Urinary ethyl glucuronide testing detects alcohol consumption in alcoholic liver disease patients awaiting liver transplantation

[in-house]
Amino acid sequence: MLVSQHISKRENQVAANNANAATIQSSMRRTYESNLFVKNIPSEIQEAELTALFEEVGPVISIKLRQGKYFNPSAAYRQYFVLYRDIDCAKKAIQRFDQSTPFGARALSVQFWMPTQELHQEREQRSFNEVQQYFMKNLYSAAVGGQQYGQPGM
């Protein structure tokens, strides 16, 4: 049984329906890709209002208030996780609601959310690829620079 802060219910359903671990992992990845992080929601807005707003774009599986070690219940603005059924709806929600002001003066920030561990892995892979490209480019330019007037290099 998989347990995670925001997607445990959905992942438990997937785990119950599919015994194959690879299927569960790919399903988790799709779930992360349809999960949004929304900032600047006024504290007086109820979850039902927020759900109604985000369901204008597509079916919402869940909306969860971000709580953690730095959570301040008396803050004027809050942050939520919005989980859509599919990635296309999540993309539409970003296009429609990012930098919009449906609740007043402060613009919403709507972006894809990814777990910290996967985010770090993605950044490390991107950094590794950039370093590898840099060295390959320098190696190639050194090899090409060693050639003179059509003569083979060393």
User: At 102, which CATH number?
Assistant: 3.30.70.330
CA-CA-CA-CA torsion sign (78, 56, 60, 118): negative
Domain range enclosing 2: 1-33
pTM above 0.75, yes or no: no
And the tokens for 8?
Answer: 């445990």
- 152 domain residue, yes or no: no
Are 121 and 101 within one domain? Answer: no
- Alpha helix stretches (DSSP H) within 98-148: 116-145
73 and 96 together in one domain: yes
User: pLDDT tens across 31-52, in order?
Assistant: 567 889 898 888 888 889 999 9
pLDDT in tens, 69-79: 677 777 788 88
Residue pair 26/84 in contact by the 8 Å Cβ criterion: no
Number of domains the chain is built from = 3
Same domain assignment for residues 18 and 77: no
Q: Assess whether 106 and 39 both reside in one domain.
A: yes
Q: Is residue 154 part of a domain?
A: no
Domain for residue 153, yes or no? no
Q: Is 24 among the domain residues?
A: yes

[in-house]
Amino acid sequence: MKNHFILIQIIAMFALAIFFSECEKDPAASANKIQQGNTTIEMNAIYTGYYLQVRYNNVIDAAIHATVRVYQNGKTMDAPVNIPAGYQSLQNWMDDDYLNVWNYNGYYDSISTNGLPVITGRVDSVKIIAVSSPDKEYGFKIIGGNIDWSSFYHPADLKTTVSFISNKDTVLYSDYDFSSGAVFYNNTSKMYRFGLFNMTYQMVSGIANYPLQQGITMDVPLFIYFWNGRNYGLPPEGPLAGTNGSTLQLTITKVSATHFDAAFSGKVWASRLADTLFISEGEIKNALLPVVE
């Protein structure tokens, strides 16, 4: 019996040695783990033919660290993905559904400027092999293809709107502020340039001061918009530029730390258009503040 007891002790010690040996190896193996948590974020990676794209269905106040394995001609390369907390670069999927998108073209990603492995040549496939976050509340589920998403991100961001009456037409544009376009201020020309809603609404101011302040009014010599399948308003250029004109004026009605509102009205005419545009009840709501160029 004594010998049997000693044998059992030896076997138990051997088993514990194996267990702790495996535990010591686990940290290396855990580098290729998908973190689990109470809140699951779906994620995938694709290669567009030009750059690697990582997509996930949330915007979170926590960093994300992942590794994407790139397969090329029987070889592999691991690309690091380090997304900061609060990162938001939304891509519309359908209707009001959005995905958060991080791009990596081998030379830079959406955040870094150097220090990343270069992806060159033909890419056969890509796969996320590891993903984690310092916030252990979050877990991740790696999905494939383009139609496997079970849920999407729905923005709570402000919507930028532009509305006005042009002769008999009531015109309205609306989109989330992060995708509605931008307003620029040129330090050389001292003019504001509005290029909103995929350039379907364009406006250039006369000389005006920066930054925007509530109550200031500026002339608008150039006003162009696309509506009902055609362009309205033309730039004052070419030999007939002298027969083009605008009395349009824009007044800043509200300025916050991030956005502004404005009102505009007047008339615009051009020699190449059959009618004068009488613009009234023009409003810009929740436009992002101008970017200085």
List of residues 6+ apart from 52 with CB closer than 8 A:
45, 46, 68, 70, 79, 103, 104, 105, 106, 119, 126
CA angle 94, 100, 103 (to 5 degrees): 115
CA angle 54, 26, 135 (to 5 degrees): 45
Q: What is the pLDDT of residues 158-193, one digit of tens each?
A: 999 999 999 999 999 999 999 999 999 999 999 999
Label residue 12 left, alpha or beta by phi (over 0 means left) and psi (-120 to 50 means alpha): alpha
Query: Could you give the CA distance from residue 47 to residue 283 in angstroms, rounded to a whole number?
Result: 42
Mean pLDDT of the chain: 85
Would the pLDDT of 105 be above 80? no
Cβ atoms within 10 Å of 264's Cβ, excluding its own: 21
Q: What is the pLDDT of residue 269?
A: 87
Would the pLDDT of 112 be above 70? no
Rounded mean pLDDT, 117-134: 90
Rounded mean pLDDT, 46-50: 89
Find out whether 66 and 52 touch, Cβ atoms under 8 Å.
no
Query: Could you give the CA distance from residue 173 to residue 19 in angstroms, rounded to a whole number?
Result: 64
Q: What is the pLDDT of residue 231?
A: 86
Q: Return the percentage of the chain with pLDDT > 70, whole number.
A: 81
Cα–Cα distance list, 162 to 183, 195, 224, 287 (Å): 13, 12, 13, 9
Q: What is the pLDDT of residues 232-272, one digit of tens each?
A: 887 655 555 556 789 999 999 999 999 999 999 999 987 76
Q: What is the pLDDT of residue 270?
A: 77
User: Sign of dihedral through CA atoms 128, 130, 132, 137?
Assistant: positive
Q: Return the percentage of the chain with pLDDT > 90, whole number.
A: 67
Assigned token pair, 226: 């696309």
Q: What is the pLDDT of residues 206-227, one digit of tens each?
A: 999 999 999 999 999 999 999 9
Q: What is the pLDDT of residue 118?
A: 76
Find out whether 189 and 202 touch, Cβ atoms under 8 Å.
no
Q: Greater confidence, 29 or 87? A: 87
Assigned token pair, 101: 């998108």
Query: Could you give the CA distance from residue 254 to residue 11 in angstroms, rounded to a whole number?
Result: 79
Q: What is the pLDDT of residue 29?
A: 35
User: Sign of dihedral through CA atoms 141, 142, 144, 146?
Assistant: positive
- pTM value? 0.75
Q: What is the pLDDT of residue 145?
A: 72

This study compared measurement of urinary ethyl glucuronide (EtG), a conjugated minor ethanol metabolite with a longer detection window than ethanol itself, with breath alcohol testing and self-report as ways to disclose recent drinking by 18 liver transplant candidates with an alcoholic liver disease diagnosis that underwent an addiction group therapy program. At each therapy session, patients were questioned about any alcohol consumption in the intervening time, and they also performed a mandatory breath alcohol test, while observed urine samples for measurement of EtG were delivered on a voluntary basis. None of the patients ever admitted to intake of alcohol, and only 1 of 127 breath alcohol tests turned out positive. However, 9 patients showed positive EtG results in 24 (49%) of 49 urine samples. The individual frequency of urine samples being positive for EtG ranged from 22% to 100% with a mean value of 57%. Because 6 patients refused to provide urine on a total of 18 occasions, alcohol use might have been even more common. These results underscore the uncertainty of self-report data and the low sensitivity of breath alcohol testing as ways to disclose recent drinking, and underline the necessity of introducing sensitive and specific objective measures of recent alcohol consumption, such as EtG, in the transplantation setting. Liver Transpl 13:757–761, 2007. © 2007 AASLD.